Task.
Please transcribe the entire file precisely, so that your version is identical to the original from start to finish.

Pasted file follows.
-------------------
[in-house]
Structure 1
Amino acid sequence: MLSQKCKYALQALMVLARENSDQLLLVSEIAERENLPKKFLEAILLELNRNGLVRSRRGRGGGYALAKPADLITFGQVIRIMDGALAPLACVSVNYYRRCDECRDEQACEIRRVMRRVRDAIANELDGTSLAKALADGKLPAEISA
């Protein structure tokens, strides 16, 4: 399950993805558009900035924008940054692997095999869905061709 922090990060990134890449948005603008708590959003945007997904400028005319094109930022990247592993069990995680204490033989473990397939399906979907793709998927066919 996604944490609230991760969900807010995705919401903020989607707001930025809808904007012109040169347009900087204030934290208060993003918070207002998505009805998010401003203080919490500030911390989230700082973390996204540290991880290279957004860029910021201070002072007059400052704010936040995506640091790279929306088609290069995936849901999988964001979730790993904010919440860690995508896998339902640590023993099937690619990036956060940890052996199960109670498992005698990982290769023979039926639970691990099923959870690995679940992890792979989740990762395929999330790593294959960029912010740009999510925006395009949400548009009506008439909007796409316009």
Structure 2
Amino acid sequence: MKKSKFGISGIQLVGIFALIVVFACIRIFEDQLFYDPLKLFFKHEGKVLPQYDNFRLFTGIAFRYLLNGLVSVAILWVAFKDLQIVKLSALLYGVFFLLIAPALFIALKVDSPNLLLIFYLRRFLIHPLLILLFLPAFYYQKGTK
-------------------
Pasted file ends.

[in-house]
Structure 1
Amino acid sequence: MLSQKCKYALQALMVLARENSDQLLLVSEIAERENLPKKFLEAILLELNRNGLVRSRRGRGGGYALAKPADLITFGQVIRIMDGALAPLACVSVNYYRRCDECRDEQACEIRRVMRRVRDAIANELDGTSLAKALADGKLPAEISA
């Protein structure tokens, strides 16, 4: 399950993805558009900035924008940054692997095999869905061709 922090990060990134890449948005603008708590959003945007997904400028005319094109930022990247592993069990995680204490033989473990397939399906979907793709998927066919 996604944490609230991760969900807010995705919401903020989607707001930025809808904007012109040169347009900087204030934290208060993003918070207002998505009805998010401003203080919490500030911390989230700082973390996204540290991880290279957004860029910021201070002072007059400052704010936040995506640091790279929306088609290069995936849901999988964001979730790993904010919440860690995508896998339902640590023993099937690619990036956060940890052996199960109670498992005698990982290769023979039926639970691990099923959870690995679940992890792979989740990762395929999330790593294959960029912010740009999510925006395009949400548009009506008439909007796409316009």
Structure 2
Amino acid sequence: MKKSKFGISGIQLVGIFALIVVFACIRIFEDQLFYDPLKLFFKHEGKVLPQYDNFRLFTGIAFRYLLNGLVSVAILWVAFKDLQIVKLSALLYGVFFLLIAPALFIALKVDSPNLLLIFYLRRFLIHPLLILLFLPAFYYQKGTK